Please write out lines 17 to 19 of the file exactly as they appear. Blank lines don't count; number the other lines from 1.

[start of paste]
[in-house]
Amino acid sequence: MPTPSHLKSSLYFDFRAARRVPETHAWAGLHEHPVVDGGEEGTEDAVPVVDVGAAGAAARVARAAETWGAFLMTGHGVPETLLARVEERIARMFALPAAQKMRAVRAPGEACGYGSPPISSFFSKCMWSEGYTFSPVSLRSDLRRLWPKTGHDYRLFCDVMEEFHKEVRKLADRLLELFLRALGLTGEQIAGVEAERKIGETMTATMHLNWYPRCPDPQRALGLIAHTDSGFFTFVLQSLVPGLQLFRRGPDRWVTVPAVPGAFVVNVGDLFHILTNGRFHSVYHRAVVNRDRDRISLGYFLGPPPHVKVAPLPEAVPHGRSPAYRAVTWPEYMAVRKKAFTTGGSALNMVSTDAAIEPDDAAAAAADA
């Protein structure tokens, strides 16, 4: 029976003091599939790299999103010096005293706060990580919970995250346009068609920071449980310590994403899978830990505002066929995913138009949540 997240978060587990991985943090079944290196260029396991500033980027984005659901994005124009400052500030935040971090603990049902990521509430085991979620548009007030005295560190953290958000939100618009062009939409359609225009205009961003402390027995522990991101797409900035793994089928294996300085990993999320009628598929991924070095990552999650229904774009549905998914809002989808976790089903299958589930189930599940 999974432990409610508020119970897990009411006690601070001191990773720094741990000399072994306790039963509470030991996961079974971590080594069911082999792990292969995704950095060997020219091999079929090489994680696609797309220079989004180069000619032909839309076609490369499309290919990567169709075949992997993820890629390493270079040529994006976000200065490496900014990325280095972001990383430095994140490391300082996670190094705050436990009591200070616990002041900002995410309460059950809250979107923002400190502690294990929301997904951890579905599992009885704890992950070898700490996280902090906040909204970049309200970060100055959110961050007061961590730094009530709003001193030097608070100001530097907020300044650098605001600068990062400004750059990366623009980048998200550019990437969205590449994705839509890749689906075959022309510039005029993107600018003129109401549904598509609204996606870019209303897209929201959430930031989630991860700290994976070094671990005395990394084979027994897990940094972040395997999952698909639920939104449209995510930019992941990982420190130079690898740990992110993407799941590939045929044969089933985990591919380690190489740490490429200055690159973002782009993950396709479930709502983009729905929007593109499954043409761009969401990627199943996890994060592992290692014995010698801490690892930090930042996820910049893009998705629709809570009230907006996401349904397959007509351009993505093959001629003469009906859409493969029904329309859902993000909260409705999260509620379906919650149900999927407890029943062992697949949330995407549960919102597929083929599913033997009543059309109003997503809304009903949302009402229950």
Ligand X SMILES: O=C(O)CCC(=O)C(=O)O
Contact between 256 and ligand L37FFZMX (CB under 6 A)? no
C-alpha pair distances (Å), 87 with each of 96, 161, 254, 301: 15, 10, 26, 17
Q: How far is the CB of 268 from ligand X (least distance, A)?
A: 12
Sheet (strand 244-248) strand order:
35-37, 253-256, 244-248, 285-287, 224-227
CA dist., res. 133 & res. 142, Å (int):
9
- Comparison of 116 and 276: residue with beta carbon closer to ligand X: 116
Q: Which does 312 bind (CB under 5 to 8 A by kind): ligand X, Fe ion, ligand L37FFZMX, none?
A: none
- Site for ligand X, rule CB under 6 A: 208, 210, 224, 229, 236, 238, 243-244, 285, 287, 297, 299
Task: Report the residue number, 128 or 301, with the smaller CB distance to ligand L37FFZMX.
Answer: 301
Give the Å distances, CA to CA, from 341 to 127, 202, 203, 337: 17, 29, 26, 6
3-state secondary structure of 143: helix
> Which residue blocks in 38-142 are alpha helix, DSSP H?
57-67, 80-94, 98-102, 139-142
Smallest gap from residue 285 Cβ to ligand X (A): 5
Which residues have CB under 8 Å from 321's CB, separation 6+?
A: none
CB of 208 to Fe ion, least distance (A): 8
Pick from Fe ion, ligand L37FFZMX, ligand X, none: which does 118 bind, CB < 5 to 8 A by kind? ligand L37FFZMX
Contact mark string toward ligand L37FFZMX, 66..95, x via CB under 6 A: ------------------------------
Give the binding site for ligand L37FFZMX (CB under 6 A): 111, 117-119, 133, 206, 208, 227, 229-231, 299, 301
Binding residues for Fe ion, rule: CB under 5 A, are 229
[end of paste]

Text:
Task: Report the residue number, 128 or 301, with the smaller CB distance to ligand L37FFZMX.
Answer: 301
Give the Å distances, CA to CA, from 341 to 127, 202, 203, 337: 17, 29, 26, 6